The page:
From the 16th century onwards, the Sámi society was increasingly caught up in drastic changes caused by outsiders. The Nordic countries started to take control of the land of the Sámi by religious converting, supporting settlement and replacing the Sámi way of administration with a Nordic administrative system. Along with the establishment of present state boundaries, the Sámi area was gradually divided up. When settlement increased in the 19th century, the Nordic states launched a conscious assimilation policy which favoured the interests of the dominant population. The Sámi started to lose their own language and culture.
The Sámi Language
The Sámi languages belong to the indigenous languages of Europe and are most closely related, within the Uralic language family, to the BalticFinnic languages (such as Finnish and Estonian). Sámi is spoken in Finland, Sweden, Norway and Russia.
In Finland, there are speakers of three Sámi languages: North Sámi, Inari Sámi and Skolt Sámi. With approximately 20,000 speakers in Finland, Norway and Sweden, North Sámi is the most widely spoken of these languages. In Finland, North Sámi is spoken by approximately 2 000 people.
Inari Sámi is spoken exclusively in Finland. Skolt Sámi is spoken in Finland and in Russia. In Finland, both languages have approximately 300 speakers, most of whom live in Inari.
Under the pressure of the dominant languages, many Sámi have lost their mother tongue. Since the ethnic awakening in the 1960s, a variety of measures have been taken to preserve the Sámi languages and bring them back to life. The Sámi Language Act of 1992, revised in 2004, made Sámi an official language.
Sámi Handicrafts – duodji, tyeji, tuejj
Sámi handicrafts are practical objects that are handmade and based on old traditions. Even today, materials from the nature are the basis of Sámi handicrafts.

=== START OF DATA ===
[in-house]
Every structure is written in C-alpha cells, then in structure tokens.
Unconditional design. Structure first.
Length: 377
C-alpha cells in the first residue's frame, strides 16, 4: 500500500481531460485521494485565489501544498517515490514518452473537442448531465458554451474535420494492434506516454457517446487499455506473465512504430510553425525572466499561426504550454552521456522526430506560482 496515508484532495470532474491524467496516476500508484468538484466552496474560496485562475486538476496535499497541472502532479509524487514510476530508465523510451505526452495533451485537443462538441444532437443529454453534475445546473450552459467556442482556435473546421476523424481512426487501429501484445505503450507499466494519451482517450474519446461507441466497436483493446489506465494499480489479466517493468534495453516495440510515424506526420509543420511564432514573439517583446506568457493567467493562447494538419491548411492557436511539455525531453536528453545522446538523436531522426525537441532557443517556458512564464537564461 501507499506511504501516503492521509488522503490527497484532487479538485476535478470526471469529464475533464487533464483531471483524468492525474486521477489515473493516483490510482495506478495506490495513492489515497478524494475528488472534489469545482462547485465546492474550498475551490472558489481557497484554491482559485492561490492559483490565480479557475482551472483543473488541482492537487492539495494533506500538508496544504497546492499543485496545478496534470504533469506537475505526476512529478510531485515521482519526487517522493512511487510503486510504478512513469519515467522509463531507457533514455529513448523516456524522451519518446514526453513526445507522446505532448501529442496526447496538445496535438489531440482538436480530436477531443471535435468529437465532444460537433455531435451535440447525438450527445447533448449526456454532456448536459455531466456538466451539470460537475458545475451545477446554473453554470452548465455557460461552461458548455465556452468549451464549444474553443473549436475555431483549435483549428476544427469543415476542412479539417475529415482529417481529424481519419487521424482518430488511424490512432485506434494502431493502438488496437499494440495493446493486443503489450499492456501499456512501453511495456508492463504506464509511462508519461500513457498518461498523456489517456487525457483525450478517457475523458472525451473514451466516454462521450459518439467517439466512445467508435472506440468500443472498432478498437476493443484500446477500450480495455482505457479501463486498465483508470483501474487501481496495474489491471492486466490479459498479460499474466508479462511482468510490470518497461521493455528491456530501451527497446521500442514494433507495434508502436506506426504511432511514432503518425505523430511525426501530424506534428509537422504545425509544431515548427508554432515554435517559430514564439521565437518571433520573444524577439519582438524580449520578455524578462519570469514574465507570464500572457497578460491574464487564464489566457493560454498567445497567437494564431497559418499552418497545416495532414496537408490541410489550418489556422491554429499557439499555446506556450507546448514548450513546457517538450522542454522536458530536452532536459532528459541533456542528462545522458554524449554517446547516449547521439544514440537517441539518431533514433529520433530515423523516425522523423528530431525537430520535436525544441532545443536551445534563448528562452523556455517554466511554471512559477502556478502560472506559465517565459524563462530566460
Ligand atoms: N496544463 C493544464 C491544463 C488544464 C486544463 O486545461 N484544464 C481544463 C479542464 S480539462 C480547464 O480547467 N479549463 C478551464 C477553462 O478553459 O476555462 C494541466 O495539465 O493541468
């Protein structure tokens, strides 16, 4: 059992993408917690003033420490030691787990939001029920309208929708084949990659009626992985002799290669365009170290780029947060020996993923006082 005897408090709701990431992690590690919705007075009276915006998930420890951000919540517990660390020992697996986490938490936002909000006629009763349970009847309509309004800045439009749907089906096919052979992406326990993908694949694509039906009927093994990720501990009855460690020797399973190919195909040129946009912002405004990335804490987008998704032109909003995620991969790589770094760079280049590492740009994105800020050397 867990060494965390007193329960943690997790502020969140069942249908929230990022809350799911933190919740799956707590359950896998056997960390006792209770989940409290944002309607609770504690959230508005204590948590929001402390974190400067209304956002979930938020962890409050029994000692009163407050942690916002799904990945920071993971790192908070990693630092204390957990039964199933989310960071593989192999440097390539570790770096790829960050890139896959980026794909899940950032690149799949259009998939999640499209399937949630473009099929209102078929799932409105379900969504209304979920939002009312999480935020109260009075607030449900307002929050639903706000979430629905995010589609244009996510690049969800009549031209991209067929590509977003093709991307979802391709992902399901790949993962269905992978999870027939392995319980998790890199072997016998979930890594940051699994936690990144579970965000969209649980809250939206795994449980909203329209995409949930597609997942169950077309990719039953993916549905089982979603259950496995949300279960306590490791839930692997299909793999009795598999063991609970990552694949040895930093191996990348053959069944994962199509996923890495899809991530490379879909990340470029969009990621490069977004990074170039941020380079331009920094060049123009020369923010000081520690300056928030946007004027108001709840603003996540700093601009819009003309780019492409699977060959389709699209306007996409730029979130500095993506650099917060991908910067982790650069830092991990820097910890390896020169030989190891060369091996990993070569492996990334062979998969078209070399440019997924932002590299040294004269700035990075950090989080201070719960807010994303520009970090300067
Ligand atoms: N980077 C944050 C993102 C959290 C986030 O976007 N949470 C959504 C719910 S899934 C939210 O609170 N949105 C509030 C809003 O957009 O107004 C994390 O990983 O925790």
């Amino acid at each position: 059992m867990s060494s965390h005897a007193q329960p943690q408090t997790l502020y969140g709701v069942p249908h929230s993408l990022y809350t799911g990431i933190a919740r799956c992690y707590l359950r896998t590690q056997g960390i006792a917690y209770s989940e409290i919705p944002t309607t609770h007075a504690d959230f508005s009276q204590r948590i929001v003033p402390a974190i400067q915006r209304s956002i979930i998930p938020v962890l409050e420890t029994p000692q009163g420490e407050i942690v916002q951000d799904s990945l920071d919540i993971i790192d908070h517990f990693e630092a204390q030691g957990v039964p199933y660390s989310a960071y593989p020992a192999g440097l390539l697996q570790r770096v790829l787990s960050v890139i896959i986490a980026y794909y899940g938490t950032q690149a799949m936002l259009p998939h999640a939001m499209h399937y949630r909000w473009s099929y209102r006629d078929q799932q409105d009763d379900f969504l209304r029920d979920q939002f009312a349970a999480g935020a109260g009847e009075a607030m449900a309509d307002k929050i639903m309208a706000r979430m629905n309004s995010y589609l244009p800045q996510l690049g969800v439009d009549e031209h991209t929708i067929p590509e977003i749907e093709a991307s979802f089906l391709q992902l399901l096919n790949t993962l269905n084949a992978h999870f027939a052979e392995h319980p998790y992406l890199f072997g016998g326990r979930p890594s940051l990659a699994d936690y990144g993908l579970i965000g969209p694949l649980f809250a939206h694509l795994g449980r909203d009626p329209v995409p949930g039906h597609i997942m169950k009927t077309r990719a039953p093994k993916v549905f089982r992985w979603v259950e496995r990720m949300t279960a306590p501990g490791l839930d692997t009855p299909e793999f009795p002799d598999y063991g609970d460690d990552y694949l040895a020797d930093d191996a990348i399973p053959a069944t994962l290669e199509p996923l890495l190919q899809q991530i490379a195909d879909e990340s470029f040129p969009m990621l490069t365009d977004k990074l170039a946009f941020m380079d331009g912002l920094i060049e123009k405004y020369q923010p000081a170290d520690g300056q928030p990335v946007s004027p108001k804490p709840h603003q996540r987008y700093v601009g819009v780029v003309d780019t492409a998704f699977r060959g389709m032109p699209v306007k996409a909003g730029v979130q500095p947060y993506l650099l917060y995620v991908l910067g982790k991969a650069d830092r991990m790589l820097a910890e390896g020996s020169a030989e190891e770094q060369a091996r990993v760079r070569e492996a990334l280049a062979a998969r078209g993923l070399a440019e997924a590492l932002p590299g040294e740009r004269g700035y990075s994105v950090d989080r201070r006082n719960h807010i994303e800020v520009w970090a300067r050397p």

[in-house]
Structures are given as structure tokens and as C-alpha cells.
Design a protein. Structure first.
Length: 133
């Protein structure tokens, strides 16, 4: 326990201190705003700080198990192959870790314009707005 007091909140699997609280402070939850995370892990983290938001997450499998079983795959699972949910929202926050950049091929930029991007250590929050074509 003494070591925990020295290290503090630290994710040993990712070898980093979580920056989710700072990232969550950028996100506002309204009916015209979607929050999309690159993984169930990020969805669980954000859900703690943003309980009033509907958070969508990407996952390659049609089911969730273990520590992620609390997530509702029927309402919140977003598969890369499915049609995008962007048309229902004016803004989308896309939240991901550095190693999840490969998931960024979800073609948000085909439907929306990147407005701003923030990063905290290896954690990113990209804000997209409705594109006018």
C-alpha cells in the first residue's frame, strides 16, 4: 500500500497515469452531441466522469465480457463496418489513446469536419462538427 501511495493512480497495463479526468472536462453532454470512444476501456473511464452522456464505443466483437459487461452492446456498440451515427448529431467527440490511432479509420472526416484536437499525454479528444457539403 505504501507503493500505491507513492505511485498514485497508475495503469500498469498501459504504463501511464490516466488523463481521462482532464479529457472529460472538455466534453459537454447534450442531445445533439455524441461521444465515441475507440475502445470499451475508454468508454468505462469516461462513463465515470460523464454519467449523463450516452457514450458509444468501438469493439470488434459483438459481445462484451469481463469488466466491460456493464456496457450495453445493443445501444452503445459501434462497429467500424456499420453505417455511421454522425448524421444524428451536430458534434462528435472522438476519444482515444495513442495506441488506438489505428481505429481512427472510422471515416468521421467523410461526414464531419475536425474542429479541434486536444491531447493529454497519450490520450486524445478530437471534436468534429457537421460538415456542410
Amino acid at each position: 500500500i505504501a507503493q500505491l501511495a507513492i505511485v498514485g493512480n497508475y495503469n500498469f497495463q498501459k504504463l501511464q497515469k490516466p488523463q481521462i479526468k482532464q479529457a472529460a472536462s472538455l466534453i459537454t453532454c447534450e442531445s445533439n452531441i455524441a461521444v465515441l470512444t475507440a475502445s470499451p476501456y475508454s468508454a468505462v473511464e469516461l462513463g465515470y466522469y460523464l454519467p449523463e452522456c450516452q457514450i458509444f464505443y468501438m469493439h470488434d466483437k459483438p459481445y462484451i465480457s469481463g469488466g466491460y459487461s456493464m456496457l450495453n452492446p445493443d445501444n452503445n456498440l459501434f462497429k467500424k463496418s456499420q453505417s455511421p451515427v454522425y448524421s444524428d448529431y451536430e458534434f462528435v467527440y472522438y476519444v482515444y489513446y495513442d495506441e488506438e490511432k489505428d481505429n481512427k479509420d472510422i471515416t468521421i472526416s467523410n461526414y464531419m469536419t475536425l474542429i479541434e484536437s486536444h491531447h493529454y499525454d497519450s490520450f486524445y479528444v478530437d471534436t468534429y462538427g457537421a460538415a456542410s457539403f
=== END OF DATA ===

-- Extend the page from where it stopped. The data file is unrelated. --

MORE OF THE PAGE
The Sámi Duodji trademark guarantees that the product is an authentic Sámi handicraft made by Sámi.
The Sámi Dress
The Sámi dress is the most visible of the national symbols of the Sámi. It carries the history of the Sámi people and is an important part of the national identity. The decorations of the costume, as well as the way it is worn, indicate which part of the bearer comes from and even reveal his or her family and marital status.
In Finland, there are five main versions of the Sámi dress: Enontekiö, Inari, the Skolt Sámi, Utsjoki and Vuotso. The dress has previously been used as day-to-day clothing, but it is now worn mainly on special occasions.
Sámi music is best known for the traditional North Sámi yoik, or luohti. Other traditional forms of Sámi music include the livđe of the Inari Sámi and the leuʹdd of the Skolt Sámi.
Today, you can hear anything from rock, pop, rap, heavy, techno, dance to hymns and children’s songs in Sámi language.
The Song of the Sámi Family is the official national anthem of the Sámi. The words were written by Isak Saba, the first Sámi Member of Parliament in Norway, and the music is by the Norwegian composer Arne Sørlie.
The Sámi Flag
The Sámi Flag was designed by the Sámi artist Astrid Båhl. The them was derived from the poem Sons of the Sun (Páiven párneh) by the south Sámi Anders Fjellner, describing the Sámi as sons and daughters of the sun. The circles represent the sun (red) and the moon (blue). The flag’s colors – red, blue, green and yellow – are the same as in the traditional Sámi dress.
The Sámi have twelve flag flying days adopted by the Sámi Conference, the most important of which is the Sámi National Day on 6th of February. This is the date when the northern and southern Sámi came together across their national borders for their first meeting in Trondheim, Norway. The flag may also be flown unofficially on special occasions.